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Dear Football Mom: How do I ease my wife's fear about pee wee football?
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Dear Football Mom,

Our son is 8. I want to sign him up this spring to play pee wee football, but my wife has gone bonkers with worry about injuries. I feel it is time he plays, and he does love the game. He wants to play. Help?


Dear Reader,

Oh great, just where I want to be — in the middle of an uprising. Football matters. It matters big time. Let’s see if we can figure out why.   

Mamas are like that. We worry. We fret. We rationalize. We overthink most anything our sons or daughters do or don’t do. It’s a natural thang for mamas. Agonize till our hair falls out. 

I suppose I could quote stats all day long, but the truth is your son could get hurt, anywhere, anytime. Injuries can happen no matter what sport your child chooses. Shhhh. I hate to bring this to your attention, but he could sustain a concussion, broken arm, broken leg or most any injury on his playground at school. He may even suffer more by watching TV or obtain a serious finger abrasion playing PlayStation.  

Football is rich with teaching tools that carry a guy into manhood and can positively affect him for the rest of his life. It never hurts to exchange some frustration for green grass stains. In fact, I have it on good authority that it does a feller good. Football is a controlled fight. And if a boy’s going to fight, better it be controlled.

Football teaches teamwork like no other sport. It brings kids together, demonstrates decision-making techniques, trains boys for organizational skills, teaches the principle of others first. Football helps to make the players of the game mentally strong. At its heart, boys eventually become men of integrity. 

You and your wife will need to compromise. I know, that’s a lightbulb piece of information, but it is still true. Come together, sit down, and hammer this out before going off and signing your son up without her approval. You might suggest he try it for a year and if she still feels the same way at the end of the season. Try another deal. 

 I have a sneaking feeling once she sees your son shine on the field, and she gets a taste of football, she’ll be one of them-there bleacher huggers, and there’ll be no stopping her after that. Let’s hope so.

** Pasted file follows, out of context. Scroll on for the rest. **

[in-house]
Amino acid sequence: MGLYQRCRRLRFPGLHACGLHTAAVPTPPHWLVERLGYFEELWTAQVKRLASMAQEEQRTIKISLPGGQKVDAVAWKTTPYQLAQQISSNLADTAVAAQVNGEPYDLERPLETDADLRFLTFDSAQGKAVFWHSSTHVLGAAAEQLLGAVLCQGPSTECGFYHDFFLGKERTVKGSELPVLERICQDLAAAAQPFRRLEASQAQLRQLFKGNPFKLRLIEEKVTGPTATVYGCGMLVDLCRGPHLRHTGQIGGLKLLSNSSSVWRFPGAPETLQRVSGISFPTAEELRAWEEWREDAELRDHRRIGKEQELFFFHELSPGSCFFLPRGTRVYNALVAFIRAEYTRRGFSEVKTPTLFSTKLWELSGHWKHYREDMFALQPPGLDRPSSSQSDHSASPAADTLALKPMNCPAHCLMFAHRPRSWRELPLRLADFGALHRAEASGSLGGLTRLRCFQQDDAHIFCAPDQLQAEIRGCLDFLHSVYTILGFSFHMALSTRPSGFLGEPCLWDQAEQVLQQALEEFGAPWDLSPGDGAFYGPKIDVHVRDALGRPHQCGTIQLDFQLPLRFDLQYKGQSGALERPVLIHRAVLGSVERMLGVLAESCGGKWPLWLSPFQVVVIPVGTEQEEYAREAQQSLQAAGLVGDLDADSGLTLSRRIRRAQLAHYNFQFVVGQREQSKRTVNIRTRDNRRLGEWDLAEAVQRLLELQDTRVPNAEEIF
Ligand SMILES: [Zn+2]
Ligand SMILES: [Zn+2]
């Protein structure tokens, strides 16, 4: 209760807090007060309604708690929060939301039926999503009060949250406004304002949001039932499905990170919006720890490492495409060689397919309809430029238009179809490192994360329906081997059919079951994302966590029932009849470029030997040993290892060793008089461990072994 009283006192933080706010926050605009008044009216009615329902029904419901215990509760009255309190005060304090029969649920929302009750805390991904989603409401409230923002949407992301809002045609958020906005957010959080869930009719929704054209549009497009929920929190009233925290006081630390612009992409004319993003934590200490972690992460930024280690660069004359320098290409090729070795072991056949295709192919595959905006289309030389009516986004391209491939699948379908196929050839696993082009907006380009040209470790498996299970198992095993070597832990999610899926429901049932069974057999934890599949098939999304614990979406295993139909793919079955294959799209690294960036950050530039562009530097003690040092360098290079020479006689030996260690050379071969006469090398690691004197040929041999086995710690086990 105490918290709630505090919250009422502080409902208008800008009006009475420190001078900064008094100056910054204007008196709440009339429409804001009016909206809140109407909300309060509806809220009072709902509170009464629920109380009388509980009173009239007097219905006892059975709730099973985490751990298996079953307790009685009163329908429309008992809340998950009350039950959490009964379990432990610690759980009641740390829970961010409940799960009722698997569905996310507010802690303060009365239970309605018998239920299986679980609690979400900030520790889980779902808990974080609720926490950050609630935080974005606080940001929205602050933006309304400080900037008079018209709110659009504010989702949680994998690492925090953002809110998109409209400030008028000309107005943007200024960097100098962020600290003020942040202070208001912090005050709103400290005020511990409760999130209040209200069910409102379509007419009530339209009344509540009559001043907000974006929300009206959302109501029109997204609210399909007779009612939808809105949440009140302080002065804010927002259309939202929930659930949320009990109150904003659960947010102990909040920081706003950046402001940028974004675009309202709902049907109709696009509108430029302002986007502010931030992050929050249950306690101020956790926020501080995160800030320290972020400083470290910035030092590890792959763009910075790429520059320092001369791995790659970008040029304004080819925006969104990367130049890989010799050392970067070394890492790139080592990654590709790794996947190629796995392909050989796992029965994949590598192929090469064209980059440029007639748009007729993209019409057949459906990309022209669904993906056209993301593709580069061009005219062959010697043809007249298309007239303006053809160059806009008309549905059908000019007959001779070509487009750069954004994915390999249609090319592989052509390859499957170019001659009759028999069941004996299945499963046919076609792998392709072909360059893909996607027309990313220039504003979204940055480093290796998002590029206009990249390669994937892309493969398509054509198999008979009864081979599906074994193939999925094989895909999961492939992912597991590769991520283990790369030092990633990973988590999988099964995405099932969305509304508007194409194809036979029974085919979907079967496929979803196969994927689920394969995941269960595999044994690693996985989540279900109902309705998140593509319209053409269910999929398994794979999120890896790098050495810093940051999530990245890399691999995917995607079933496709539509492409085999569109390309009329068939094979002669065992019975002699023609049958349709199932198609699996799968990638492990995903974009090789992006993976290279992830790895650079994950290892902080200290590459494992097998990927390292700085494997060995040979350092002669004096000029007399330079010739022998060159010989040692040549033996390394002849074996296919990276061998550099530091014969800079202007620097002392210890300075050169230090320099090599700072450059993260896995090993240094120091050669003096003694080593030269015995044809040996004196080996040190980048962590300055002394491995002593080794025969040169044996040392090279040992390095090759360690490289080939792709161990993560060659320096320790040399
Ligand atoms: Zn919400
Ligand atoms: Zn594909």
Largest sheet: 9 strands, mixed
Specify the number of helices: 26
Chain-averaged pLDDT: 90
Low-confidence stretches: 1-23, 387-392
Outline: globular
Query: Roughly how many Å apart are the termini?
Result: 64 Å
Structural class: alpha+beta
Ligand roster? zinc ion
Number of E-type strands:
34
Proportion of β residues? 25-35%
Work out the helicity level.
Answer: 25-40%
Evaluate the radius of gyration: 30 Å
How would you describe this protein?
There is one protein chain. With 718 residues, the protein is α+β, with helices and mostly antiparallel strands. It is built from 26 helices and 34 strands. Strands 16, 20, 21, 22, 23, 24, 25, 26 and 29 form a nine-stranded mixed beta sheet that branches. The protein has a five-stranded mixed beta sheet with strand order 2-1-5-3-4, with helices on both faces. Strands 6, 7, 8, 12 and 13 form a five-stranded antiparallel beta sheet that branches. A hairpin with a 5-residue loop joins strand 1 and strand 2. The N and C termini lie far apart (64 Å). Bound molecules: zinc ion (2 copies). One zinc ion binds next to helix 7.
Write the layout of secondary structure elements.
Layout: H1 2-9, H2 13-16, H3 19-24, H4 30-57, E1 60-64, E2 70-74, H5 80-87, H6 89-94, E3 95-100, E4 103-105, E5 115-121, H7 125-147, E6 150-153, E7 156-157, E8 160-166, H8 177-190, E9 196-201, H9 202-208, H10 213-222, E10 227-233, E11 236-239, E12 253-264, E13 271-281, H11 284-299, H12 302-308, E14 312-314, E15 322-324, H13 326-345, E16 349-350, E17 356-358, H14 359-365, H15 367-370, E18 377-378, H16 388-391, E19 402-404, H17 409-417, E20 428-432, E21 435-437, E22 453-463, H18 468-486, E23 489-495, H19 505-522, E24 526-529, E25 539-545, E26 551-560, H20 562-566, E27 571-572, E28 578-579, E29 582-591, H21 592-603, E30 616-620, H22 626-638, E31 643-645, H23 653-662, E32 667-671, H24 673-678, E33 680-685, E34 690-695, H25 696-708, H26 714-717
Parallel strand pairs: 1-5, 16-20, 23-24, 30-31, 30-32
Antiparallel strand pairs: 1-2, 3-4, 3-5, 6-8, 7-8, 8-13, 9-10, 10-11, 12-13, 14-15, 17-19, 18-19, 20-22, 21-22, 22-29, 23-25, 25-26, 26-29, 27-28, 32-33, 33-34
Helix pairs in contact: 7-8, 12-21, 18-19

•    •    •

Dear Football Mom, 

Please explain to me why, after tireless efforts on behalf of football parents’ raising money to plow up and replace the entire high school football field, the track and field parents are raising Cain. Yes, their sport will have to play elsewhere. We offered the football practice field, and they are still griping. I know this sounds trivial, but I don’t understand the big fuss they are making.

Can’t they see that the field will be in much better shape come next spring for track and field, too? It’s a temporary fix to have them on the practice field. They are still upset because football will be sharing the practice field as well, thus splitting time between the two sports. 

They went to the county superintendent, and now the project was put on hold. How can a few spoil everything that a majority worked their tails off for? We’ve provided all funds, not one cent coming out of the county budget. We were supposed to break ground in a few weeks. Now, who knows when.  


Dear Reader,

My smart-aleck, knee-jerk reaction is to ask the track and field team parents which sport makes the most money — football, or them. Of course, this is rude because everyone knows its football, y’all. Tunnel vision is contagious. 

This is where you’ve got to make a silk purse out of a sow’s ear. Negotiate. 

What if football parents were to seek out another field, instead of staying on the high school campus. Perhaps a county pee wee team would be willing to share their field for high school practice this spring. Rarely do pee wee teams hold spring practice. Or, maybe use the closest middle school field. You may have to switch times for availability. Your team might have to load up on busses for transport to an alternate field, but either way, at least you are showing willingness to compromise. 

Then of course, the coaches could get creative and use the gym for part of spring practice. Conditioning is huge for spring; it doesn’t hurt to run up and down bleachers, and the court can be used for walk-throughs, teaching new plays, or game planning and meetings. Then again, the basketball coaches may tar and feather y’all. Alternating times and clearing it with basketball first, before bopping into the gym would be the solution there.

By checking other options, sure shows good faith effort on the football side of things. That should help get another conversation started with the schoolboard. And, that’s the goal, open communication. 

Did football get a permit or permission from the superintendent’s office when y’all started the project? I would think boosters would have had to have approval by the county and schoolboard. If so, since they halted construction, hold their feet to the fire and present an alternative plan like the ones I just suggested. Make sure you have a couple of plans to suggest to the committee or superintendent and then go get-er-done. Persist. But, don’t be a sass or smart-aleck like my first sentence. Remember, flies are attracted to sugar, not vinegar! 


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